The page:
For Tent and Trade: Masterpieces of Turkmen Weaving
at the de Young Museum
San Francisco, October 2007– The Fine Arts Museums of San Francisco present a selection of premier examples from their world-class holdings of Turkmen rugs and textiles in For Tent and Trade: Masterpieces of Turkmen Weaving at the de Young Museum December 15, 2007, through September 7, 2008. During the past twenty-five years, FAMSF has developed the finest public collection of Turkmen carpets and other pile textiles outside Russia. This exhibition includes approximately 40 of the finest rugs, bags, and tent and animal trappings from these extensive holdings.
“Carpets and other pile textiles woven by the nomadic and semi-nomadic Turkmen tribes of Central Asia are some of the most widely admired and passionately collected of all ‘oriental’ rugs,” says Diane Mott, curator of the exhibition. “They are also among the most challenging to study and understand.” This exhibition provides an overview of Turkmen pile weaving and addresses some of the unanswered questions surrounding Turkmen carpets in addition to new findings that are changing our understanding of this complex weaving tradition.
The textiles included in For Tent and Trade come from the deserts and oases of Turkmenistan, northwest Iran, Uzbekistan, and Afghanistan. Many are woven from the superb wool of the Saryja sheep, which are bred solely in this region. This exhibition provided the opportunity to contrast objects a woman traditionally wove for her dowry or domestic use with those made for the market or a prosperous khan or city dweller.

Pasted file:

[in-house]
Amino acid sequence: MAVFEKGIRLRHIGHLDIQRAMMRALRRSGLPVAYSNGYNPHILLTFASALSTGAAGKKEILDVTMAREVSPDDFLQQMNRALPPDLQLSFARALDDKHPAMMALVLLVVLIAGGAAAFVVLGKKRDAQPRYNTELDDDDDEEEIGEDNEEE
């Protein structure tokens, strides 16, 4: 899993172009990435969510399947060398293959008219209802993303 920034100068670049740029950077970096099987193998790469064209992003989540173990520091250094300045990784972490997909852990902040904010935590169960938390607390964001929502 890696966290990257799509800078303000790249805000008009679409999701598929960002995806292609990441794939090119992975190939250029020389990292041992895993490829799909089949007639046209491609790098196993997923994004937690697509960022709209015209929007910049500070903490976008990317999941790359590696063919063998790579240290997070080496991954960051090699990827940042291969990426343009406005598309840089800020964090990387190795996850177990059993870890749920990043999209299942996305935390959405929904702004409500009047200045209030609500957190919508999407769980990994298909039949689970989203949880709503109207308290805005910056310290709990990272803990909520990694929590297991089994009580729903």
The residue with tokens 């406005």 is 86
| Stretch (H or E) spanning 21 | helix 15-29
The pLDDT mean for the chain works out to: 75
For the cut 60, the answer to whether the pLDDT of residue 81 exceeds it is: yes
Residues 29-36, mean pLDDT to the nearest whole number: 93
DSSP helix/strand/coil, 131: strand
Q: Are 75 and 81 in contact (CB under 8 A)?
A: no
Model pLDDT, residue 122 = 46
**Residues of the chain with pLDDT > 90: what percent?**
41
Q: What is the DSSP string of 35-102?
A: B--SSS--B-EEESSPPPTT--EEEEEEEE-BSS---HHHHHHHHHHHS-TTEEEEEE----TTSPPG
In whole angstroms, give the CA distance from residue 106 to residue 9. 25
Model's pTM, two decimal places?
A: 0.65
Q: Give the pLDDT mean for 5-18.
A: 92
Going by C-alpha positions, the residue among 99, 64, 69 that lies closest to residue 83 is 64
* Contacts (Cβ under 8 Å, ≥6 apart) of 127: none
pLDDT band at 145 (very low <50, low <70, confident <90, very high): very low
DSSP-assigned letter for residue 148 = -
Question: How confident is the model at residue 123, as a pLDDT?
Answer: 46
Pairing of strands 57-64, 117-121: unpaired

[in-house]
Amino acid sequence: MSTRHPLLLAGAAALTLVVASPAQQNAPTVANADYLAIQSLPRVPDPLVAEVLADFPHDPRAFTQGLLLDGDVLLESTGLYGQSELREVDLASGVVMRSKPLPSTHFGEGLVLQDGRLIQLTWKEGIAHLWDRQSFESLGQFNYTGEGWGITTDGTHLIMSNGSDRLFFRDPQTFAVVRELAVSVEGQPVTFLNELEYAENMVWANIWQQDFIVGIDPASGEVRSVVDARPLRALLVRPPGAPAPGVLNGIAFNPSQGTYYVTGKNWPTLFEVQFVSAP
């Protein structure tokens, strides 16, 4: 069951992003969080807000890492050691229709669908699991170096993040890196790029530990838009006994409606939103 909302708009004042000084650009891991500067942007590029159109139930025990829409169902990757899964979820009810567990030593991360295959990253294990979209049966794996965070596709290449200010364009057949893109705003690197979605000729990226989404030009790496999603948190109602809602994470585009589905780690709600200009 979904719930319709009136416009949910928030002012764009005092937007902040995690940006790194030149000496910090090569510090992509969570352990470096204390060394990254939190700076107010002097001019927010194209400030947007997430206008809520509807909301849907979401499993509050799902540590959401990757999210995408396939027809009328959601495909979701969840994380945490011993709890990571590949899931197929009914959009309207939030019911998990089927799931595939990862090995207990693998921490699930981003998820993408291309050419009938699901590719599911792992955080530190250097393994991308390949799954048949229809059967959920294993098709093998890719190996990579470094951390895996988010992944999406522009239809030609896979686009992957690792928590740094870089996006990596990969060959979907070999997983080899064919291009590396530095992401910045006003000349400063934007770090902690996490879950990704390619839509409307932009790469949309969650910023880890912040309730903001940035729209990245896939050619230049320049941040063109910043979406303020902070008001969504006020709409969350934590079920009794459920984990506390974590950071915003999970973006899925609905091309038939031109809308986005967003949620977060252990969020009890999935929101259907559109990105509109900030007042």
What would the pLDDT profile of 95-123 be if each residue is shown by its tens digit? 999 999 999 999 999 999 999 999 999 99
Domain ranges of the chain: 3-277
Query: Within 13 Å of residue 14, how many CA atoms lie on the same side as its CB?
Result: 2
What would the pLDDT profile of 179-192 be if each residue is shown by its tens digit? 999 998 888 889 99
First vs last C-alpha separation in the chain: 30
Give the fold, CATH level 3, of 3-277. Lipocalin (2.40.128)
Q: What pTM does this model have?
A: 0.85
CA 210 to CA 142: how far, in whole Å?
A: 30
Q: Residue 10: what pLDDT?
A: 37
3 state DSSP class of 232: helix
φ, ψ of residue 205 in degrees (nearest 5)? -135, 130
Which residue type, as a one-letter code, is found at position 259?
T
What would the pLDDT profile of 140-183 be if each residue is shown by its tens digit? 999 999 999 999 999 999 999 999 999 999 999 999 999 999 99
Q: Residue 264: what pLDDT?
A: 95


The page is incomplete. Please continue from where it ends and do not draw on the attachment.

In spite of the fact that most of the weaving was done on simple horizontal looms staked to the ground, the work of the Turkmen is of consummate skill, artistic expression, and design. Although theirs is a region marked by centuries of political instability, carpet weaving endures as a vital part of the Turkmen culture.
Also on view are five striking mantles embroidered and worn by women of three different Turkmen tribes. All are masterpieces of Central Asian embroidery, on loan to the Museums from the Marswhall and Marilyn R. Wolf collection in New York.
For Tent and Trade is organized by FAMSF and celebrates gifts from the principal donors who formed the carpet collection––H. McCoy Jones, Caroline McCoy-Jones, George and Marie Hecksher, and Wolfgang and Gisela Wiedersperg.
Diane Mott, Curator of the Caroline and H. McCoy Jones Department of Textile Arts, is the curator of this exhibition. She was the curator of a number of exhibitions at the de Young on subjects ranging from the post-conquest textiles of the Andean highlands to silk ikats from Central Asia, and most recently, the Quilts of Gee’s Bend.